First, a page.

News from Texas, however, threatens to paint us all as mere pikers.
A 61-year-old man — with a history of home-brewing — stumbled into a Texas emergency room complaining of dizziness. Nurses ran a Breathalyzer test. And sure enough, the man's blood alcohol concentration was a whopping 0.37 percent, or almost five times the legal limit for driving in Texas.His wife, friends, and doctors were puzzled. The obvious answer: he'd been sneaking drinks, like most mornings for Teejay at the Cracker Factory. But as a pair of clinicians dug into the issue, they found something astounding:
There was just one hitch: The man said that he hadn't touched a drop of alcohol that day.
So the team searched the man's belongings for liquor and then isolated him in a hospital room for 24 hours. Throughout the day, he ate carbohydrate-rich foods, and the doctors periodically checked his blood for alcohol. At one point, it rose 0.12 percent.It goes without saying that this paints home-brewing in an entirely different light. And offers more than a few of us an expansive new canvas upon which to express our excuse-making talent.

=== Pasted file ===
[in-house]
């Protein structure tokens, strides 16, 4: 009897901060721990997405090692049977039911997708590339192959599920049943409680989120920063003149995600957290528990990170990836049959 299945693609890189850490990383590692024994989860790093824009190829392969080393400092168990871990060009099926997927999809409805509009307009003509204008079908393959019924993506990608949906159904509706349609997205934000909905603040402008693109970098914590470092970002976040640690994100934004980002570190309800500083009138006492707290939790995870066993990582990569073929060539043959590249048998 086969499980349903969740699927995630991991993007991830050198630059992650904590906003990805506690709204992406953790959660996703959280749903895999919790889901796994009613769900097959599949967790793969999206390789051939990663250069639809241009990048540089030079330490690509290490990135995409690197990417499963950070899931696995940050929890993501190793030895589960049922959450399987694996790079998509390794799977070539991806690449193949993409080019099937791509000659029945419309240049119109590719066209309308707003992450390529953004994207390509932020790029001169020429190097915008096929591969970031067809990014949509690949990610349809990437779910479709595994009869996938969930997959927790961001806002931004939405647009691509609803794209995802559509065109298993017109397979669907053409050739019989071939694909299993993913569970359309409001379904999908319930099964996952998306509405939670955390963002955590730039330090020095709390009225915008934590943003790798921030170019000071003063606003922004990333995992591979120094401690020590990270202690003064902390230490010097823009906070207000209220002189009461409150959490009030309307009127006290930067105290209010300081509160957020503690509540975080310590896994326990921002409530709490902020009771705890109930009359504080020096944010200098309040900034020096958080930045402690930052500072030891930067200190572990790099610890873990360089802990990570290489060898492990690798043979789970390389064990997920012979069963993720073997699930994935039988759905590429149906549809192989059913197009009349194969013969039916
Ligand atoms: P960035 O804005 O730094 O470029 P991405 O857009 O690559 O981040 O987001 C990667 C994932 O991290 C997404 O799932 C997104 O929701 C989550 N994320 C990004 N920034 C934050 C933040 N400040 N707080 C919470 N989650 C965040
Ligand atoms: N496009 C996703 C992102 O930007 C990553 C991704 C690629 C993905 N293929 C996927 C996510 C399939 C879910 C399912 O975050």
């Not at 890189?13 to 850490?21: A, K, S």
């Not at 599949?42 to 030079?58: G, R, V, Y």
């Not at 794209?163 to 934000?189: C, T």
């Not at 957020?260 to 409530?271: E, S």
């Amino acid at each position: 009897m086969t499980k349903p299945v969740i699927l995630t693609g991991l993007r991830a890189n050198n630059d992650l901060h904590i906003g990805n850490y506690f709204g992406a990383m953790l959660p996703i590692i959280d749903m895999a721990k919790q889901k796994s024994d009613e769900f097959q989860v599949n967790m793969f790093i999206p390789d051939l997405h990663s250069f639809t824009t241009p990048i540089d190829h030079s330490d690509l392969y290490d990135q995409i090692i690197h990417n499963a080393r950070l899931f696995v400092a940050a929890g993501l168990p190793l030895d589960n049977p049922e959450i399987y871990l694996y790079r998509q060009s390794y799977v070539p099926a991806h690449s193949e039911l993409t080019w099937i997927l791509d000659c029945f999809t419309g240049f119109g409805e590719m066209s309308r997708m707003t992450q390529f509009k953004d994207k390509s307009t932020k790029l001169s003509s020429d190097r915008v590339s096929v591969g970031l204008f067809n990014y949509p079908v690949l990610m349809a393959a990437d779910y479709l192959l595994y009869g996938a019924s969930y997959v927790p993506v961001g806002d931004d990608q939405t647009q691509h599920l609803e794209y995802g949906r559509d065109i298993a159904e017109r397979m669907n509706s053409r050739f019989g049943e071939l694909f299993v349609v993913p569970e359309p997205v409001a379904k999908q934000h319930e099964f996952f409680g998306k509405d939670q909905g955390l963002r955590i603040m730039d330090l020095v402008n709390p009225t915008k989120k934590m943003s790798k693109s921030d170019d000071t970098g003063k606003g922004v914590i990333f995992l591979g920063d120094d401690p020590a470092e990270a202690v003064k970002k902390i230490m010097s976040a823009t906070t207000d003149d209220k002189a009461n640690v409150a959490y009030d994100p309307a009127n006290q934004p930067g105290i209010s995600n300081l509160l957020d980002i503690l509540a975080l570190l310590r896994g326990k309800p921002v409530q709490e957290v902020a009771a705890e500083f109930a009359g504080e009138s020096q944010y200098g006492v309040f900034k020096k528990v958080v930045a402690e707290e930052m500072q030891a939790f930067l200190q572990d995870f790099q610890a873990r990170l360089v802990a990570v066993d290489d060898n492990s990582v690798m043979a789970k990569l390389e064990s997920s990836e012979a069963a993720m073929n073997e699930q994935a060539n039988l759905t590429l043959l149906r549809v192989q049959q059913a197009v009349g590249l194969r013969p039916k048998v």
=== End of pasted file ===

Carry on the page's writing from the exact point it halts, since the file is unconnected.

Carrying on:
Eventually, McCarthy and Cordell pinpointed the culprit: an overabundance of brewer's yeast in his gut.
That's right, folks. According to Cordell and McCarthy, the man's intestinal tract was acting like his own internal brewery.
The patient had an infection with , Cordell says. So when he ate or drank a bunch of starch — a bagel, pasta or even a soda — the yeast fermented the sugars into ethanol, and he would get drunk. Essentially, he was brewing beer in his own gut. Cordell and McCarthy the case of "auto-brewery syndrome" a few months ago in the International Journal of Clinical Medicine.